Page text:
Greensburg Salem School District eyes exterior upgrades, long-term facility plan

Jun. 18—Exterior improvements are being considered at several Greensburg Salem school facilities, but district officials are just starting to come to grips with potential longer-term building needs.

Building improvements are of particular importance to a district parent and teacher, who voiced to the school board concerns about Nicely Elementary School, where she works.

Teacher Kristin Dinkel, who has three children enrolled in the district, told the board about outdated desks and floors that have begun to slope at the single-story school.

"Our kids deserve better," she said. "I want to see things happening."

"Let's look at the things we know aren't going away, and let's start to put some things in for the aesthetics and the amenities for the kids," Superintendent Ken Bissell said concerning district facilities. "Let's start with that, and in the background, we need to look at the bigger picture of longer-­term (projects)."

District officials said Greensburg Salem is moving forward with planned projects at Offutt Field, the high school and middle school while new air conditioning units and chillers needed at the high school and Nicely and Metzgar elementary schools could be a year away.

Bissell said the district is seeking bids for updating perimeter fencing at Offutt and creating an improved outdoor recreational space at the middle school.

The city of Greensburg has put the district on notice to address a crumbling low brick wall that supports the fence at Offutt.

At the middle school, Bissell said, "We're looking to put in a new basketball court in the grass space in the fenced-in area and provide better outdoor recreation."

Basketball hoops currently are placed on a section of the middle school's paved parking lot along Main Street in Greensburg.

Also in the pipeline, Bissell said, are plans to create an outdoor classroom at the high school, in a space where a greenhouse was located.

"We're looking at a pavilion, outdoor furniture and lighting and then, eventually, looking at redoing the pond there," he said.

While district maintenance staff is expected to make repairs to some buildings at Offutt and to the high school marquee, Bissell said quotes are being sought for new carpeting and flooring on the middle school's second floor and the district will need to renovate the school's administrative wing below.

That area of the school received water damage in April when a cooling coil on a second-floor water fountain leaked.

The district is working with its architectural and engineering adviser, Civil & Environmental Consultants, to draft specifications for the required new air conditioning and chiller equipment, but it could be two months before documents are ready for bidding, school board President Jeff Metrosky said.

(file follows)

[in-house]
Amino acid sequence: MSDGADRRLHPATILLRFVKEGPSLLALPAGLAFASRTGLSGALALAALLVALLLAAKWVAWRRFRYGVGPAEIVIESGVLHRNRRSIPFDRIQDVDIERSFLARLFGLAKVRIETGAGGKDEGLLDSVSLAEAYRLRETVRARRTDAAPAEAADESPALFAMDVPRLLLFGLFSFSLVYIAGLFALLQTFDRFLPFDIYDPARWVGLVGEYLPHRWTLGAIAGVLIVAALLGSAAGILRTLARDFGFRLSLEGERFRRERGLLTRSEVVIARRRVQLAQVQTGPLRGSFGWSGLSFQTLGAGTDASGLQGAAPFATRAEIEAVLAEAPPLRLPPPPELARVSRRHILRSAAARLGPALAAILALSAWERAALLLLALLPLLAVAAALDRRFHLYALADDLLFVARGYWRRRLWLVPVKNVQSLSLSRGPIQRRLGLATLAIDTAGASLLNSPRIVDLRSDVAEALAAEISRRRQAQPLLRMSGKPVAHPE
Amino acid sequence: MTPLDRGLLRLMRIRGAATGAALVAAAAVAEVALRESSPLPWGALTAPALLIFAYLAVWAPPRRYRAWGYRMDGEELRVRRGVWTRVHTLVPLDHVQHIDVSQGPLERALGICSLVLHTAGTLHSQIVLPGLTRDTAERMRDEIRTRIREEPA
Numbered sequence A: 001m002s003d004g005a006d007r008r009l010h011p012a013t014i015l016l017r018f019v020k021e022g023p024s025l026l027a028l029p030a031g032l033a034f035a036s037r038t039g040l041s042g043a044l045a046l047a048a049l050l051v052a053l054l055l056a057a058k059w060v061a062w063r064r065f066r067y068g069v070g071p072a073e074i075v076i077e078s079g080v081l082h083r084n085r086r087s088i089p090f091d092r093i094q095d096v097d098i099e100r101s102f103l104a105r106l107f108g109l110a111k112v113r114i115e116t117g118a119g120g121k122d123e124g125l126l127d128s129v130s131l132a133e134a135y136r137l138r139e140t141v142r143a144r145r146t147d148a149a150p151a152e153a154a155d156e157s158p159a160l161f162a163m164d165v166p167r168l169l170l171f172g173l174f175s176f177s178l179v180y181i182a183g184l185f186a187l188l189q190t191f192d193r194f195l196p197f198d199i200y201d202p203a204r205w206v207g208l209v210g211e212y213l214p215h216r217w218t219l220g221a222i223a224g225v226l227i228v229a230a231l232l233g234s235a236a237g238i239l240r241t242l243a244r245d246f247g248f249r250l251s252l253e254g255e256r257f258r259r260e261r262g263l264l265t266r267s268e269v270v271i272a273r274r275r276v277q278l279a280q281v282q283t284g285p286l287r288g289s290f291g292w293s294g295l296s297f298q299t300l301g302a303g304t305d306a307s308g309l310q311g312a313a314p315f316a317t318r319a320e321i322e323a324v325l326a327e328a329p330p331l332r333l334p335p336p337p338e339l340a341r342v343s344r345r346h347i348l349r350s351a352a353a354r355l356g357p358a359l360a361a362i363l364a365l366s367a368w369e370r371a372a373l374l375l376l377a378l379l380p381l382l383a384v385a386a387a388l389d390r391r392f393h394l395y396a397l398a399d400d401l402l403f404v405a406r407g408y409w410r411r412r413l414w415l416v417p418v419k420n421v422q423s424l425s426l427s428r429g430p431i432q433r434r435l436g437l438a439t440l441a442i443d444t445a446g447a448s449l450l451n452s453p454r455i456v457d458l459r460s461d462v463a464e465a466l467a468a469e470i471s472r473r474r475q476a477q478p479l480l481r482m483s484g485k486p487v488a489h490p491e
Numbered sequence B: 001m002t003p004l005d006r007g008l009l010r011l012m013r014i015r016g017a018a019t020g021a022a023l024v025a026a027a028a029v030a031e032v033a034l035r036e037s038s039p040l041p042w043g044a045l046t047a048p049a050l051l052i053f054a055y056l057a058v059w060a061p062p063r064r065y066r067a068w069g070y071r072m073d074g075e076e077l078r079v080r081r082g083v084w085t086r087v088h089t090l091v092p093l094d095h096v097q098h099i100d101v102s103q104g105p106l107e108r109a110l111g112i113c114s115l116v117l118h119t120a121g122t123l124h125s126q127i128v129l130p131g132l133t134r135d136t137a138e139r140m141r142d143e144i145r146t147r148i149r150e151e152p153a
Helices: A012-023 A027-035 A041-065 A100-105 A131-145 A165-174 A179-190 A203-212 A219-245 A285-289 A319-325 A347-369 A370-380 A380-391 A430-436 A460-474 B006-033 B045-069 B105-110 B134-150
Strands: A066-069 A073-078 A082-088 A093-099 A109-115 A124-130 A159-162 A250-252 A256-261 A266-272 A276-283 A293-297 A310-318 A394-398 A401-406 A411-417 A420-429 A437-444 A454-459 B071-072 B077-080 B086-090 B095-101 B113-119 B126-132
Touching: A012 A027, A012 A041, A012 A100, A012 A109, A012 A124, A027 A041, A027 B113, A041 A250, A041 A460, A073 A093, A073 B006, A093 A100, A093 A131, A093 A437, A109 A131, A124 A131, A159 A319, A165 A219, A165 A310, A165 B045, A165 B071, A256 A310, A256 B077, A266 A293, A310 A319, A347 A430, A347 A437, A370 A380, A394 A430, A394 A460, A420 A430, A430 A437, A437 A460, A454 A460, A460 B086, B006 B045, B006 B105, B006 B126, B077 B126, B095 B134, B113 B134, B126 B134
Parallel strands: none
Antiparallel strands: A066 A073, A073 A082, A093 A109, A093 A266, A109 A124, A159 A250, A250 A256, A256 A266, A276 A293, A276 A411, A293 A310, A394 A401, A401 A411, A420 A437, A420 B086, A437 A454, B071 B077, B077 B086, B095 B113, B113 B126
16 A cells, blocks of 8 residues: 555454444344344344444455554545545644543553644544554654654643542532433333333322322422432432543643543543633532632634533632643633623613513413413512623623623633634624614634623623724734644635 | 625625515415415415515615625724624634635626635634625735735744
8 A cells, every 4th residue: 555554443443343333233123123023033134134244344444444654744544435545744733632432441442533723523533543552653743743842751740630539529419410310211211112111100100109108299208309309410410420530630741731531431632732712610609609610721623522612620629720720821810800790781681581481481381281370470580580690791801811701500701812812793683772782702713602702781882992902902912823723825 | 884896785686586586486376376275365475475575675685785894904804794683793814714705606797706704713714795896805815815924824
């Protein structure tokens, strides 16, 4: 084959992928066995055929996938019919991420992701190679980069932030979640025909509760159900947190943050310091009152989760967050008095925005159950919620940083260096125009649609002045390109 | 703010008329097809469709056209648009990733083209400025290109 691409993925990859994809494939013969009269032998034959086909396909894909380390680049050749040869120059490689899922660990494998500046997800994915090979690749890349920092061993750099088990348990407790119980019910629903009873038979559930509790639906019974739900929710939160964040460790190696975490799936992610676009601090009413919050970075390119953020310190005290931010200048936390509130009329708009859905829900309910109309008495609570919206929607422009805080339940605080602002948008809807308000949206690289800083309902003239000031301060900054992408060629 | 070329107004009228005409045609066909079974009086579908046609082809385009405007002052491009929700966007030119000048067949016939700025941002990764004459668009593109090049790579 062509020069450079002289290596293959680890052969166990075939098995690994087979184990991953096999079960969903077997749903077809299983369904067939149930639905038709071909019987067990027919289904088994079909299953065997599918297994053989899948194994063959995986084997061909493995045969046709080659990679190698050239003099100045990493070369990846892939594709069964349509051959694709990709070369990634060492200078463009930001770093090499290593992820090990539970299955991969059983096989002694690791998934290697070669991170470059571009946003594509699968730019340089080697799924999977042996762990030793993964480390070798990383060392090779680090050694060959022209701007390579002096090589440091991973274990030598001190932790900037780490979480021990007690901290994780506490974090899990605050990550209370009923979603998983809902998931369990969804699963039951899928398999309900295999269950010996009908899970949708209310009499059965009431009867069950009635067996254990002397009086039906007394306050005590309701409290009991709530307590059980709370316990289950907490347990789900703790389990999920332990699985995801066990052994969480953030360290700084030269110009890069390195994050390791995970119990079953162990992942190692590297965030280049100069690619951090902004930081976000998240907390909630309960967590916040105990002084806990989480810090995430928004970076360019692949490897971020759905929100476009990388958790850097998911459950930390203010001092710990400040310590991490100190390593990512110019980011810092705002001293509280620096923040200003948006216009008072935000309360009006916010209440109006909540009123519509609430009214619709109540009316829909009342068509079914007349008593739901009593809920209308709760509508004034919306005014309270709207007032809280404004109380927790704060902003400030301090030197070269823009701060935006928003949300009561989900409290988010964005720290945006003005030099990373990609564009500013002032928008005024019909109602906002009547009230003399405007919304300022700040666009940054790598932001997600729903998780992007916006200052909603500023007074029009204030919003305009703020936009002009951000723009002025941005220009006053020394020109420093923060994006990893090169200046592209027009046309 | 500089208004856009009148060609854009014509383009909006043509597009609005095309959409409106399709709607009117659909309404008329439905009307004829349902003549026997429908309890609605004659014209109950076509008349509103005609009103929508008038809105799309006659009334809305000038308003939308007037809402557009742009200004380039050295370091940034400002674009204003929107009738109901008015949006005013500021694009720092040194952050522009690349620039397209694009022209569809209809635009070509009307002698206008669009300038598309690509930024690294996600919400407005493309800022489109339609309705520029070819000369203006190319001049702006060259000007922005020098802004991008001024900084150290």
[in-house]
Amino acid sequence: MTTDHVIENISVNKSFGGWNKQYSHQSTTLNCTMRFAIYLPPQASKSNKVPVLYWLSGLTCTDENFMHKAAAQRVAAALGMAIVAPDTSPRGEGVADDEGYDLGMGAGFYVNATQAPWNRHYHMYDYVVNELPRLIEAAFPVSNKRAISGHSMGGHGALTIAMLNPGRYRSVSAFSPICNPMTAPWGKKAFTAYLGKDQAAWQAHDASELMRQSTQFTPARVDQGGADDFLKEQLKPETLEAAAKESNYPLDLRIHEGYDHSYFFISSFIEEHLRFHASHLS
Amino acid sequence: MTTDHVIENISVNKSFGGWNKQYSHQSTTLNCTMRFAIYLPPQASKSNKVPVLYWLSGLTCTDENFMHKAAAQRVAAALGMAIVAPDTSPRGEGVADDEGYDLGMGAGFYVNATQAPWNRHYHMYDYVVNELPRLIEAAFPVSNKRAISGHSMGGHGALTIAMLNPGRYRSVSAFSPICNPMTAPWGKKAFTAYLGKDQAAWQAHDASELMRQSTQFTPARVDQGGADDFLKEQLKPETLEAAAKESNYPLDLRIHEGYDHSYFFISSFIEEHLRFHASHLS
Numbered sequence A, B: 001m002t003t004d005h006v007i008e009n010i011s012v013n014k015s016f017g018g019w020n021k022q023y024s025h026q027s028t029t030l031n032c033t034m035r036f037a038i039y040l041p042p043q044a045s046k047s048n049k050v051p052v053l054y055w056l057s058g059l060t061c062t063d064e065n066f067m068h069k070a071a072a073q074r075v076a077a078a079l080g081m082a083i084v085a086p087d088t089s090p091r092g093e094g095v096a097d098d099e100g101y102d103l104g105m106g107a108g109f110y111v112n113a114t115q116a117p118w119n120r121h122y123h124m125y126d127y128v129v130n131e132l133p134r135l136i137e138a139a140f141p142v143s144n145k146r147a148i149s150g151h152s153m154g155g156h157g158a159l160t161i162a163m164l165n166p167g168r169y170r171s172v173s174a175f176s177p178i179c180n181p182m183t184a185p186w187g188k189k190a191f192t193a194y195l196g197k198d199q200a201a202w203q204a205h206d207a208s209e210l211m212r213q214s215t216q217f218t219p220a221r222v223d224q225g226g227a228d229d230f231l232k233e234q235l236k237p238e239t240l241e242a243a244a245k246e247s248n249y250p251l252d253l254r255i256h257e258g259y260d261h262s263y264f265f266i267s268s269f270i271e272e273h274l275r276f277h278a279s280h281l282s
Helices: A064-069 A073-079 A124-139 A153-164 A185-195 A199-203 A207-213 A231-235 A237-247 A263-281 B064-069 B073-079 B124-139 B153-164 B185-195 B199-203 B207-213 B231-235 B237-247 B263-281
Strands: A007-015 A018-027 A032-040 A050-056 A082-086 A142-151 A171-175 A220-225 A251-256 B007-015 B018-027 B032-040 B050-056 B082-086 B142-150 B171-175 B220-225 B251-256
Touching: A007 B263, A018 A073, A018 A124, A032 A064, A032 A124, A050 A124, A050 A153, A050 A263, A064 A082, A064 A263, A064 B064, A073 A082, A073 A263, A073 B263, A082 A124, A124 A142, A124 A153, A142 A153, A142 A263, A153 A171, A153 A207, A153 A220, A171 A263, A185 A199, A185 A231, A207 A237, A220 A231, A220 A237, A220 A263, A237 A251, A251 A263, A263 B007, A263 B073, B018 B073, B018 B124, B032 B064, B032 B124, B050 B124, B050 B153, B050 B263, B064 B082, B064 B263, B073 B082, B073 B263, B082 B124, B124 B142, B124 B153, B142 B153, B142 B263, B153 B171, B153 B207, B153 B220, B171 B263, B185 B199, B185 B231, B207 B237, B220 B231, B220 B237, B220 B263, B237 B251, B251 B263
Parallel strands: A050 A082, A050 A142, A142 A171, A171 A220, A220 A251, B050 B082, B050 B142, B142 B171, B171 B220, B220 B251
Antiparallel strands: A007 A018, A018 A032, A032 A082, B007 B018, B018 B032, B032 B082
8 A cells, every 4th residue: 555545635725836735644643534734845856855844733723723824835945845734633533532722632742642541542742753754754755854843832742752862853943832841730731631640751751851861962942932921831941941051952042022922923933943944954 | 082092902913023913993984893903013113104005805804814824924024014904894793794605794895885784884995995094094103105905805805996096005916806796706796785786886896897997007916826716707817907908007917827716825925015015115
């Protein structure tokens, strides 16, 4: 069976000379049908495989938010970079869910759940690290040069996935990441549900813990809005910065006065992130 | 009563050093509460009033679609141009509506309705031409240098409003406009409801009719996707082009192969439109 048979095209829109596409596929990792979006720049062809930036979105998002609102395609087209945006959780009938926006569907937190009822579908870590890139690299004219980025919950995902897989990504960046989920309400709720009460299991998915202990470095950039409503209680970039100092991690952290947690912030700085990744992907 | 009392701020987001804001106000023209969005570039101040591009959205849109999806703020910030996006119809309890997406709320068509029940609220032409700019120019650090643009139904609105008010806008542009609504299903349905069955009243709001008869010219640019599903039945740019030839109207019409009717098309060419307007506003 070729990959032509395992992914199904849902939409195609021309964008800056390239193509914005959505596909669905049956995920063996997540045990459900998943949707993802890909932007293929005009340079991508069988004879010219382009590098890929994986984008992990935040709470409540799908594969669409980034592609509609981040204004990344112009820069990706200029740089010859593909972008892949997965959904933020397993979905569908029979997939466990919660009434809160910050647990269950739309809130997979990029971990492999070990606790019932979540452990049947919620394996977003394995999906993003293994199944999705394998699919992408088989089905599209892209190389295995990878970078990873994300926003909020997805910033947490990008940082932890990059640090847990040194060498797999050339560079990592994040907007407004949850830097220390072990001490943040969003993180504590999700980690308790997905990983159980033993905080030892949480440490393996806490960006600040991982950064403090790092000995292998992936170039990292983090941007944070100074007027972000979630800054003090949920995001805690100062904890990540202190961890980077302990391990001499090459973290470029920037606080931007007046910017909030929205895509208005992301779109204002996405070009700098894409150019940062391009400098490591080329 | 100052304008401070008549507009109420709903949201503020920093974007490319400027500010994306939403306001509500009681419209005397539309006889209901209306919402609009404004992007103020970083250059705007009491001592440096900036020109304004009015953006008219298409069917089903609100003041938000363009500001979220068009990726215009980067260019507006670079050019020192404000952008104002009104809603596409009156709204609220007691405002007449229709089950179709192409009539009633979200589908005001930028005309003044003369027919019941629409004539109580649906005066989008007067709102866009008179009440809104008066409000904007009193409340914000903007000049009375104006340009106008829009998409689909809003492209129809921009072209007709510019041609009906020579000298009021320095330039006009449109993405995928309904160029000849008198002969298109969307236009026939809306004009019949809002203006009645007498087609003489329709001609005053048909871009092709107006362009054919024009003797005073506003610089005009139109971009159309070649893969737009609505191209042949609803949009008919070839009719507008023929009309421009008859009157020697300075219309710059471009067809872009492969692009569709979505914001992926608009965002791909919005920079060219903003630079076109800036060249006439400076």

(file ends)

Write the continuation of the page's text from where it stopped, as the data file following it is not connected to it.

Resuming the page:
"Realistically, those chillers and units will be here next summer," he said. "It won't be overnight."

"That's a lot of work in one year," Bissell said of the immediate facilities projects that are planned. "Then we're talking about, 'Where do we go from here?' "

He said a committee of school board members — Metrosky, Robin Savage, Lynn Jobe and Emily Miller — is working with Civil & Environmental Consultants to come up with a long-term facilities plan.

The consultant has proposed an estimated cost of $91.2 million for a potential wish list of building projects over 10 years.

Dinkel asked whether money would be better spent investing in new school buildings instead of fixing existing ones.

The district is poised on Wednesday to finalize a budget that would hold taxes steady for the fourth year in a row, but Dinkel said she would be willing to pay higher taxes for improved facilities.

She argued that new families may look to other districts with more up-to-date buildings when deciding where to live.

At Greensburg Salem, she said, "My kids have had a phenomenal education, and they have had great coaches. We are blessed in that manner, but people moving in don't know that yet."

Metrosky said raising taxes wouldn't be enough to pay for new building construction. He said the district has been paying $3 million per year on debt service but will be debt-free in two years and able to invest more money in facilities.

"Do we use that for another bond to build?" he said."That's something that needs looked at and planned."

He said the district must be fiscally responsible in whatever building projects it pursues.

Bissell agreed.

"We can't put our community in massive debt down the road," he said. "We have to do it responsibly, but we think that it can be done."

Jeff Himler is a Tribune-Review staff writer. You can contact Jeff by email at or via Twitter .